By contrast, Republicans who most trust broadcast network news, such as NBC, ABC, and CBS, are much more likely to place a lot of blame with white supremacist groups (61%), Donald Trump (50%), conservative media platforms that spread conspiracy theories and misinformation (46%), Republican leaders (23%), and white conservative Christian groups (21%). Still, a majority (53%) also assign a lot of blame to liberal and left-wing activists.

The vast majority of Democrats assign a lot of responsibility for the violent attack on the U.S. Capitol on January 6 to Donald Trump (89%), white supremacist groups (83%), conservative media platforms that spread conspiracy theories and misinformation (78%), and Republican leaders (70%). About half of Democrats say white conservative Christian groups (48%) hold a lot of blame, and nearly three in ten (27%) hold liberal or left-wing activists responsible.

Independents fall in between Republicans and Democrats, with majorities saying white supremacist groups (59%), Donald Trump (57%), and conservative media platforms that spread conspiracy theories and misinformation (55%) hold a lot of the blame for January 6. Fewer place a lot of the blame on Republicans leaders (37%), liberal or left-wing activists (34%), and white conservative Christian groups (27%).

Blame Attribution by Religion

White Christian groups are much less likely to blame right-leaning people or groups than other religious groups. White evangelical Protestants’ attitudes closely resemble those of Republicans in that few place a lot of blame for the violent attack on the U.S. Capitol on January 6 on Donald Trump (26%), Republican leaders (16%), and white Christian conservative groups (8%). More than one-third say white supremacist groups (37%) and conservative media platforms that spread conspiracy theories and misinformation (34%) hold a lot of the blame. The only group a majority of white evangelical Protestants blame for the January 6 attack on the U.S. Capitol is liberal or left-wing activists (57%).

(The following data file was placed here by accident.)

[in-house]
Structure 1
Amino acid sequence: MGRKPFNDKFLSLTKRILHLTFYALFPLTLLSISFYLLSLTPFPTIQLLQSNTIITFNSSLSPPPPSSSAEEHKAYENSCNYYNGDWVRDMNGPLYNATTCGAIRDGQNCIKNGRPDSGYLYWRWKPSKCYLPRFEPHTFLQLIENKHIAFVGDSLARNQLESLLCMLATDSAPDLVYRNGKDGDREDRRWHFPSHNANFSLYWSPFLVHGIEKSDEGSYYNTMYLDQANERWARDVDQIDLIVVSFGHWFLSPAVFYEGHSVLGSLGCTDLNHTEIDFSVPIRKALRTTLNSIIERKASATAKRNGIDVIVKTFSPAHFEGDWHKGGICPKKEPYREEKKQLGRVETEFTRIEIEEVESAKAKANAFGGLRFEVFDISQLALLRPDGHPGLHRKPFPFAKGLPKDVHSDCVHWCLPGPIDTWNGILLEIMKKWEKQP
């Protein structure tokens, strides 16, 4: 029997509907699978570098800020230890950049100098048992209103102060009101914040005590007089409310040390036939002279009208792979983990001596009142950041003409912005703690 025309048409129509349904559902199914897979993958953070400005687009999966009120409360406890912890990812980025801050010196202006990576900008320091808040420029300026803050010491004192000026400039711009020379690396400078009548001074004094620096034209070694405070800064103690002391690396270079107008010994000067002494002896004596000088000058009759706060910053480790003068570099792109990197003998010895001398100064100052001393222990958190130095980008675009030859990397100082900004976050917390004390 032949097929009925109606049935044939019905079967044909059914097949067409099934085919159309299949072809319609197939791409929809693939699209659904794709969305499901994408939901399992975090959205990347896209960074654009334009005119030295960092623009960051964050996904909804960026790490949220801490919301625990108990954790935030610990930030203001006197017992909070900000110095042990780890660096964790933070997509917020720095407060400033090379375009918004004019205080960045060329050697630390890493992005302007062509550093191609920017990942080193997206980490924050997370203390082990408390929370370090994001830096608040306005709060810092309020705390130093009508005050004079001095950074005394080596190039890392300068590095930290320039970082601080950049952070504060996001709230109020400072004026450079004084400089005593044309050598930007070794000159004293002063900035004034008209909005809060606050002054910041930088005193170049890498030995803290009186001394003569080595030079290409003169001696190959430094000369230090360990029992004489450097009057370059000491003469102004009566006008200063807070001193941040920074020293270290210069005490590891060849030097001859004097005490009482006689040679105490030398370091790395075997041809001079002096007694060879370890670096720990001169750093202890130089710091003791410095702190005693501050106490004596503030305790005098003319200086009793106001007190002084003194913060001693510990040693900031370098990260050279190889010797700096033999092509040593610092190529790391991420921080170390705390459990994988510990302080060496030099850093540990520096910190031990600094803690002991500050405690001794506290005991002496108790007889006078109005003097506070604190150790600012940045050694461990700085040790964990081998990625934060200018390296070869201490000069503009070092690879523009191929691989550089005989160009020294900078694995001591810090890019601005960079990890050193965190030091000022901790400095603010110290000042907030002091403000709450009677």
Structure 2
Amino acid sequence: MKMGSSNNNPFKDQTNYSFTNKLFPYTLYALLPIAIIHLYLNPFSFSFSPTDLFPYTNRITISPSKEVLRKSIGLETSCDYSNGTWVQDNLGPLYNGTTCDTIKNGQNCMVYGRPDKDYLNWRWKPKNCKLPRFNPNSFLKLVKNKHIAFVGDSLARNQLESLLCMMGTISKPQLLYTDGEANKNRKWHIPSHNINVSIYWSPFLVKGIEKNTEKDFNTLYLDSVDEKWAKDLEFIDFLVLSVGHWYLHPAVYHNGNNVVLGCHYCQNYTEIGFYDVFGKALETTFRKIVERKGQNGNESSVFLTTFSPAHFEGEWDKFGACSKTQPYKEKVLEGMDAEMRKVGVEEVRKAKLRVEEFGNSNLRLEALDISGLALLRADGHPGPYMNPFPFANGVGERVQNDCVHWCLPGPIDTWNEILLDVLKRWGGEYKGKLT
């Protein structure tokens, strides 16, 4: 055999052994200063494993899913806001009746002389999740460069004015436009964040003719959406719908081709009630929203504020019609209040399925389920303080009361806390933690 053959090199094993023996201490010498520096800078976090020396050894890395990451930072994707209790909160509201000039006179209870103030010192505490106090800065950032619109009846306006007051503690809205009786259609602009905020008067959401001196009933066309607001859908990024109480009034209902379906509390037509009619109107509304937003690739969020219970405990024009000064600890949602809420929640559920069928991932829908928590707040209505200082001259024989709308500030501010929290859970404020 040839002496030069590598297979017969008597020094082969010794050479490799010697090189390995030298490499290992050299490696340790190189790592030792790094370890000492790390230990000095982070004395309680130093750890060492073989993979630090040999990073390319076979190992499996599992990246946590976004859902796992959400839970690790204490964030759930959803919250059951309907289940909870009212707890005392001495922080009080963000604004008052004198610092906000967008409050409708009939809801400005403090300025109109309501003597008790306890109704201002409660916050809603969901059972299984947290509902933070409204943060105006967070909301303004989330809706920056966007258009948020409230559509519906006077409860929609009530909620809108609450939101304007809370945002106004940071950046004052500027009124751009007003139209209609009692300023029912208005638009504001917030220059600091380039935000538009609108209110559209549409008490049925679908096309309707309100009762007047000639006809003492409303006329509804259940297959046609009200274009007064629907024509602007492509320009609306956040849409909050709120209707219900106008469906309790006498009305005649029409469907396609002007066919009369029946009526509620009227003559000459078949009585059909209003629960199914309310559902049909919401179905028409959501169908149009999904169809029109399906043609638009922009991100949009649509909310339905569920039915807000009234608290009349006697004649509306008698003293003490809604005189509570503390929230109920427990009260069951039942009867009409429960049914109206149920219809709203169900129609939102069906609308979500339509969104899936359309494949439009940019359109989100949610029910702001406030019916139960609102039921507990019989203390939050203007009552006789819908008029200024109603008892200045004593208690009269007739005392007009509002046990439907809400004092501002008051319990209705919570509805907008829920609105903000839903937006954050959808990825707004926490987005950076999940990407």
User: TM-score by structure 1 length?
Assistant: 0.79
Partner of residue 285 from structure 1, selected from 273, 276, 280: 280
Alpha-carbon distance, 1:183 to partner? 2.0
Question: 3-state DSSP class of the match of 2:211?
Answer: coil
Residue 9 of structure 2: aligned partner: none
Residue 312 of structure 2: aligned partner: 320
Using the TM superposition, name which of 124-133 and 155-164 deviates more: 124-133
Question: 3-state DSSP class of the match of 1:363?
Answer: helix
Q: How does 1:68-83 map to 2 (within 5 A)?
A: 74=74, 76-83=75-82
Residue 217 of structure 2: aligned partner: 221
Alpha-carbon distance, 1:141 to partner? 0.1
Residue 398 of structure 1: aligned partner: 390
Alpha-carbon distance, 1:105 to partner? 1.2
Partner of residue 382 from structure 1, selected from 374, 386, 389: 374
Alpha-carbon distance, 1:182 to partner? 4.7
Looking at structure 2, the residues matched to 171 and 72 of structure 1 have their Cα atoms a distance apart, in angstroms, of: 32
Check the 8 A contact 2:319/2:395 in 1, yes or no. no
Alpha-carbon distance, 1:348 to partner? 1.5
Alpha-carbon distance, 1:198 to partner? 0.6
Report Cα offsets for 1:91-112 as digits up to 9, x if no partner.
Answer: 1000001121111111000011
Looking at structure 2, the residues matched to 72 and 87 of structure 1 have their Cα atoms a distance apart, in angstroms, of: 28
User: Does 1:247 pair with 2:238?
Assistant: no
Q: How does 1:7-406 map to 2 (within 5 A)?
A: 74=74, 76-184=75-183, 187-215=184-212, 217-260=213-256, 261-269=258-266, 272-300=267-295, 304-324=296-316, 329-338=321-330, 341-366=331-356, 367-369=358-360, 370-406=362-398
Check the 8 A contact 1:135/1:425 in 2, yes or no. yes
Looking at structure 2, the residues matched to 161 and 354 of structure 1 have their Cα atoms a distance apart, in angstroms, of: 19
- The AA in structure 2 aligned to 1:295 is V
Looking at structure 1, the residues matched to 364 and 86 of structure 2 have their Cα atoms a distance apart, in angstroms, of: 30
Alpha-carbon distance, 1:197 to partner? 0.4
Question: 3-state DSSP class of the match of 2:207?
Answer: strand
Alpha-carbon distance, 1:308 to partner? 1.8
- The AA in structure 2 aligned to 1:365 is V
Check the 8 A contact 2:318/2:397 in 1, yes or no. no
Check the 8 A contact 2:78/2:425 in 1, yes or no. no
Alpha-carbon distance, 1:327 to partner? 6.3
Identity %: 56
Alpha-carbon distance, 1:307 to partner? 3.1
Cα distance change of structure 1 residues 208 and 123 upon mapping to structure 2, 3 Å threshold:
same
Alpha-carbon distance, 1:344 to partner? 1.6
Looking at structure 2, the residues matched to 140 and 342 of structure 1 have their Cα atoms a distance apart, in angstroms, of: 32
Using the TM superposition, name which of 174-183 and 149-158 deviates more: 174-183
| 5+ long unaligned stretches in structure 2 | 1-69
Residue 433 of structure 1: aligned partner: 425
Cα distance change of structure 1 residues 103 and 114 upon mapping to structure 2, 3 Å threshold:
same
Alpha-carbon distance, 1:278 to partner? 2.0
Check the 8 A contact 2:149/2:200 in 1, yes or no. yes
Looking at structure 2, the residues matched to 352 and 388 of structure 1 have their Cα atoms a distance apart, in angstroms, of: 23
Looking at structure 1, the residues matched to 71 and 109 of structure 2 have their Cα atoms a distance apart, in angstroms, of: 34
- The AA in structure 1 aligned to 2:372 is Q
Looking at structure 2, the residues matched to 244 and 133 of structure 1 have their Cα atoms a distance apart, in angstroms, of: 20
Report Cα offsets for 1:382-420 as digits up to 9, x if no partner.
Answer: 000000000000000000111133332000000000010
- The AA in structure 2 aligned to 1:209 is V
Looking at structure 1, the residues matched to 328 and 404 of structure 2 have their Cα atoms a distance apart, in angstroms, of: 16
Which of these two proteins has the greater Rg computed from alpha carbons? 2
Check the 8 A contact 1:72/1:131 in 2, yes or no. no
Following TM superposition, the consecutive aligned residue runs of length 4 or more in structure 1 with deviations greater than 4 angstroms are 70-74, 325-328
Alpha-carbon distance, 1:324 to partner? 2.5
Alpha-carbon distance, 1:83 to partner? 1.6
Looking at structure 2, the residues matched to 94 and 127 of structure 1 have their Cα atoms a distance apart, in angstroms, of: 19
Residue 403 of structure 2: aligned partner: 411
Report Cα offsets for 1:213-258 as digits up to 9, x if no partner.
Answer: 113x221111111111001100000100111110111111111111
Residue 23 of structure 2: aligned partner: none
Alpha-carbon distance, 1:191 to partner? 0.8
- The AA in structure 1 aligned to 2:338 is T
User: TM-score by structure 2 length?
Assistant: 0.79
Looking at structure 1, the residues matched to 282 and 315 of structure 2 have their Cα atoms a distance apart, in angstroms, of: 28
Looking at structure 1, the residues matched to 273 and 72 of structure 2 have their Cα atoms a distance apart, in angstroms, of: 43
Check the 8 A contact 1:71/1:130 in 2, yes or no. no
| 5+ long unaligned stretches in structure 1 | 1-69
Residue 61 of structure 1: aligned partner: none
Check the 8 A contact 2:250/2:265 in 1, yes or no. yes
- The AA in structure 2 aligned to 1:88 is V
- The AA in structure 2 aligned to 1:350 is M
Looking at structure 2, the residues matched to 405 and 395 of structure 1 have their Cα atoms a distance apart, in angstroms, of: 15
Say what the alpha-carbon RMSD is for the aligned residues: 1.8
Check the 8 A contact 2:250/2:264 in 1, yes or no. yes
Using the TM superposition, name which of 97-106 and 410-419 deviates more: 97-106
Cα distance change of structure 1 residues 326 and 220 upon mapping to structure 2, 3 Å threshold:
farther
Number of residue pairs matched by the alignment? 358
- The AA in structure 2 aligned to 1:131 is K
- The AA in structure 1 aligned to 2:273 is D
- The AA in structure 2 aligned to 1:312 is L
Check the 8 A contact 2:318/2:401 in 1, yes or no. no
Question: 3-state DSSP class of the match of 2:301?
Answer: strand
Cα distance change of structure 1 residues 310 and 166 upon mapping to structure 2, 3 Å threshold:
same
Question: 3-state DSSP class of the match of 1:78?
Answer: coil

Nearly half of white mainline (non-evangelical) Protestants put a lot of blame on white supremacist groups (49%), conservative media platforms that spread conspiracy theories and misinformation (45%), liberal or left-wing activists (44%), and Donald Trump (43%). A majority of white Catholics place a lot of blame with white supremacist groups (54%) and conservative media platforms that spread conspiracy theories and misinformation (54%), while half (50%) attribute a lot of blame to Trump and 44% say liberal or left-wing activists hold a lot of the blame for the violent attack.

By contrast, eight in ten Black Protestants (80%) say white supremacist groups hold a lot of the blame, as do 73% of Hispanic Catholics, 69% of Jewish Americans, 65% of religiously unaffiliated Americans, 65% of other Protestants of color, 63% of other Christians, 62% of other non-Christian religious Americans, 59% of Hispanic Protestants, and 56% of Latter-day Saints. Similarly, about two-thirds of religiously unaffiliated Americans (67%), Black Protestants (66%), and other Christians (65%) place a lot of blame on conservative media platforms that spread conspiracy theories and misinformation, as do 59% of Hispanic Catholics, 58% of other Protestants of color, 55% of Jewish Americans, and 51% of Latter-day Saints. Less than half of Hispanic Protestants (48%) say the same.